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  • Focus: Record penalties a reminder of product safety obligations

    3 July 2014

    Record US penalties recently imposed on car manufacturers for failures to deal appropriately with safety defects are a timely reminder to Australian manufacturers of their product safety obligations. Partner Belinda Thompson, Senior Associate Jaime McKenzie and Lawyer Ishwar Singh report.

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  • Focus: SOPA adjudications in Western Australia - only the applicant can win!

    3 July 2014

    The Supreme Court of Western Australia has held that under that state's security of payment legislation, an adjudicator does not have the power to make a determination that requires an applicant to pay the respondent money by reason of any counterclaim raised in the adjudication. An adjudicator may consider the counterclaim, but only in the context of whether any amount is payable to the applicant. A respondent who seeks to recover money by reason of a counterclaim must initiate a separate adjudication. Partner Michael Hollingdale, Managing Associate Jeremy Quan-Sing and Associate Helen Dolling report.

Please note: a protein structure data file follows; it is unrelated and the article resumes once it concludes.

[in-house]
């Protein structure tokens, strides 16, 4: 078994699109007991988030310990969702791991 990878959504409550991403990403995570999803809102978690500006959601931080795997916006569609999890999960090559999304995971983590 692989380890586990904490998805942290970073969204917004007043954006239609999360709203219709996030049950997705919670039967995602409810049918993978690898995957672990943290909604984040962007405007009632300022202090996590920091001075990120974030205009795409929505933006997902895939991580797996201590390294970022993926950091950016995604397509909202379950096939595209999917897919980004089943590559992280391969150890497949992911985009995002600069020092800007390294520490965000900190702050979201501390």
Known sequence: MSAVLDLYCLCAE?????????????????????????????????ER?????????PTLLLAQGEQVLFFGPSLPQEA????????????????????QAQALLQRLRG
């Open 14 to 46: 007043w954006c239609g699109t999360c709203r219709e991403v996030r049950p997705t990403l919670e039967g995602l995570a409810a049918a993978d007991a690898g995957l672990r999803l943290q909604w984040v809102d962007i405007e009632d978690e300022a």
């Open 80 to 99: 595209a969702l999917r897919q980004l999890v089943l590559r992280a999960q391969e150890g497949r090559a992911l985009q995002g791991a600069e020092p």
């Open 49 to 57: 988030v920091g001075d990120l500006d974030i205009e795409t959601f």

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  • Client Update: 'Fraud on the market' theory survives challenge in the US

    26 June 2014

    Perhaps the most important unanswered question in Australian class action law is how causation may be established in the context of a shareholder class action. In the United States, this issue has been addressed by the 'fraud on the market' theory. This week the US Supreme Court rejected a challenge to the validity of that theory. Partners Ross Drinnan and Jenny Campbell and Senior Associate Mark Hare report.

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  • Focus: Adjudications under WA's SOPA legislation - enforcement by statutory demands clarified

    24 June 2014

    The WA Supreme Court has provided important clarification on the enforcement of adjudication determinations by the use of statutory demands under that State's security of payment legislation. It has confirmed that leave to enforce an adjudication determination as a judgment must be obtained before the issue of a statutory demand, and that failing to do so will mean the statutory demand is liable to be set aside. Partner Michael Hollingdale, Senior Associate Jeremy Quan-Sing and Lawyer Brittney Nash report.